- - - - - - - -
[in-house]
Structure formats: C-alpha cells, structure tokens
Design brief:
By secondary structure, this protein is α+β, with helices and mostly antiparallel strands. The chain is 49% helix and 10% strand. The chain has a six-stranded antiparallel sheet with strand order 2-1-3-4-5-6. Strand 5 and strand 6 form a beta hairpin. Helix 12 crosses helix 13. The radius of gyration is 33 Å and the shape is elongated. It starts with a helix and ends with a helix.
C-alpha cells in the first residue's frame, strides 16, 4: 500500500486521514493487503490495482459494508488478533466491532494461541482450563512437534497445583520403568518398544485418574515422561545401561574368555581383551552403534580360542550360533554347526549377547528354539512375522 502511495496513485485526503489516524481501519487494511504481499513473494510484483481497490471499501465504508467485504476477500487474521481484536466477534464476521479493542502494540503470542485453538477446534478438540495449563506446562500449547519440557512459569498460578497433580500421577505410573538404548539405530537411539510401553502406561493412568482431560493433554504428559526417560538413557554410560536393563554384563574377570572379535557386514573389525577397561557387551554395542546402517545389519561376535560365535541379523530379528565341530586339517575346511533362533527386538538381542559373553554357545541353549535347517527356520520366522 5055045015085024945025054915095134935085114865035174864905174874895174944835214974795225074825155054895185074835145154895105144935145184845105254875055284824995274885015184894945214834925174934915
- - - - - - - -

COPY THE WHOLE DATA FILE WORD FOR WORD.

[in-house]
Structure formats: C-alpha cells, structure tokens
Design brief:
By secondary structure, this protein is α+β, with helices and mostly antiparallel strands. The chain is 49% helix and 10% strand. The chain has a six-stranded antiparallel sheet with strand order 2-1-3-4-5-6. Strand 5 and strand 6 form a beta hairpin. Helix 12 crosses helix 13. The radius of gyration is 33 Å and the shape is elongated. It starts with a helix and ends with a helix.
C-alpha cells in the first residue's frame, strides 16, 4: 500500500486521514493487503490495482459494508488478533466491532494461541482450563512437534497445583520403568518398544485418574515422561545401561574368555581383551552403534580360542550360533554347526549377547528354539512375522 502511495496513485485526503489516524481501519487494511504481499513473494510484483481497490471499501465504508467485504476477500487474521481484536466477534464476521479493542502494540503470542485453538477446534478438540495449563506446562500449547519440557512459569498460578497433580500421577505410573538404548539405530537411539510401553502406561493412568482431560493433554504428559526417560538413557554410560536393563554384563574377570572379535557386514573389525577397561557387551554395542546402517545389519561376535560365535541379523530379528565341530586339517575346511533362533527386538538381542559373553554357545541353549535347517527356520520366522 5055045015085024945025054915095134935085114865035174864905174874895174944835214974795225074825155054895185074835145154895105144935145184845105254875055284824995274885015184894945214834925174934915